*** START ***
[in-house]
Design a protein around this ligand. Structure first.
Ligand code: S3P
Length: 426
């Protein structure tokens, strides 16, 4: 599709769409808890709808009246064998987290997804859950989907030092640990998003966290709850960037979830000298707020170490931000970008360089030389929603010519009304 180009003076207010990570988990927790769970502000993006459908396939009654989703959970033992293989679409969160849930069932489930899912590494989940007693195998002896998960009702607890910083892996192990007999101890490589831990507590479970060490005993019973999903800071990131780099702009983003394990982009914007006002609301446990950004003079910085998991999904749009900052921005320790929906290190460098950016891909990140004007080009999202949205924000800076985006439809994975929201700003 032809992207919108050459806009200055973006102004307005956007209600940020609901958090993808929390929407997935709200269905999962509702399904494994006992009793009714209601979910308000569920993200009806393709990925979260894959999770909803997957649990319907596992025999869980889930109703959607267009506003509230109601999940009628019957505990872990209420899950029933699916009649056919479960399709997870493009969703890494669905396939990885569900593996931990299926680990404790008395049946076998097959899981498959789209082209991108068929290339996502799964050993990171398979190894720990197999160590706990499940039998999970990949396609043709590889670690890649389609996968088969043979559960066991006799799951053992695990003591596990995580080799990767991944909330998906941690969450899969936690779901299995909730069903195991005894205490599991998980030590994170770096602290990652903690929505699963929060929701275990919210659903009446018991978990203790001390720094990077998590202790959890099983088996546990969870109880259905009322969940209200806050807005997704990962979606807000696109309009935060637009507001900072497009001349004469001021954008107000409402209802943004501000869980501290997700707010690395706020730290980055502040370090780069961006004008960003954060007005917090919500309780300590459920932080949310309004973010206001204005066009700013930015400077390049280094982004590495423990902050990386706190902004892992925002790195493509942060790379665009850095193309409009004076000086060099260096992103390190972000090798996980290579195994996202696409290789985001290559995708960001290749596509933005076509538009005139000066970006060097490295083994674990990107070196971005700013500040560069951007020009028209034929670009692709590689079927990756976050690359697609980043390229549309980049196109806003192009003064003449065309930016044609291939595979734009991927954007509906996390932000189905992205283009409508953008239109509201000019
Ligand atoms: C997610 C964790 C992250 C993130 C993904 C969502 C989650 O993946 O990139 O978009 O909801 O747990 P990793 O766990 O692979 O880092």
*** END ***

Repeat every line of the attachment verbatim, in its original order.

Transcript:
[in-house]
Design a protein around this ligand. Structure first.
Ligand code: S3P
Length: 426
């Protein structure tokens, strides 16, 4: 599709769409808890709808009246064998987290997804859950989907030092640990998003966290709850960037979830000298707020170490931000970008360089030389929603010519009304 180009003076207010990570988990927790769970502000993006459908396939009654989703959970033992293989679409969160849930069932489930899912590494989940007693195998002896998960009702607890910083892996192990007999101890490589831990507590479970060490005993019973999903800071990131780099702009983003394990982009914007006002609301446990950004003079910085998991999904749009900052921005320790929906290190460098950016891909990140004007080009999202949205924000800076985006439809994975929201700003 032809992207919108050459806009200055973006102004307005956007209600940020609901958090993808929390929407997935709200269905999962509702399904494994006992009793009714209601979910308000569920993200009806393709990925979260894959999770909803997957649990319907596992025999869980889930109703959607267009506003509230109601999940009628019957505990872990209420899950029933699916009649056919479960399709997870493009969703890494669905396939990885569900593996931990299926680990404790008395049946076998097959899981498959789209082209991108068929290339996502799964050993990171398979190894720990197999160590706990499940039998999970990949396609043709590889670690890649389609996968088969043979559960066991006799799951053992695990003591596990995580080799990767991944909330998906941690969450899969936690779901299995909730069903195991005894205490599991998980030590994170770096602290990652903690929505699963929060929701275990919210659903009446018991978990203790001390720094990077998590202790959890099983088996546990969870109880259905009322969940209200806050807005997704990962979606807000696109309009935060637009507001900072497009001349004469001021954008107000409402209802943004501000869980501290997700707010690395706020730290980055502040370090780069961006004008960003954060007005917090919500309780300590459920932080949310309004973010206001204005066009700013930015400077390049280094982004590495423990902050990386706190902004892992925002790195493509942060790379665009850095193309409009004076000086060099260096992103390190972000090798996980290579195994996202696409290789985001290559995708960001290749596509933005076509538009005139000066970006060097490295083994674990990107070196971005700013500040560069951007020009028209034929670009692709590689079927990756976050690359697609980043390229549309980049196109806003192009003064003449065309930016044609291939595979734009991927954007509906996390932000189905992205283009409508953008239109509201000019
Ligand atoms: C997610 C964790 C992250 C993130 C993904 C969502 C989650 O993946 O990139 O978009 O909801 O747990 P990793 O766990 O692979 O880092």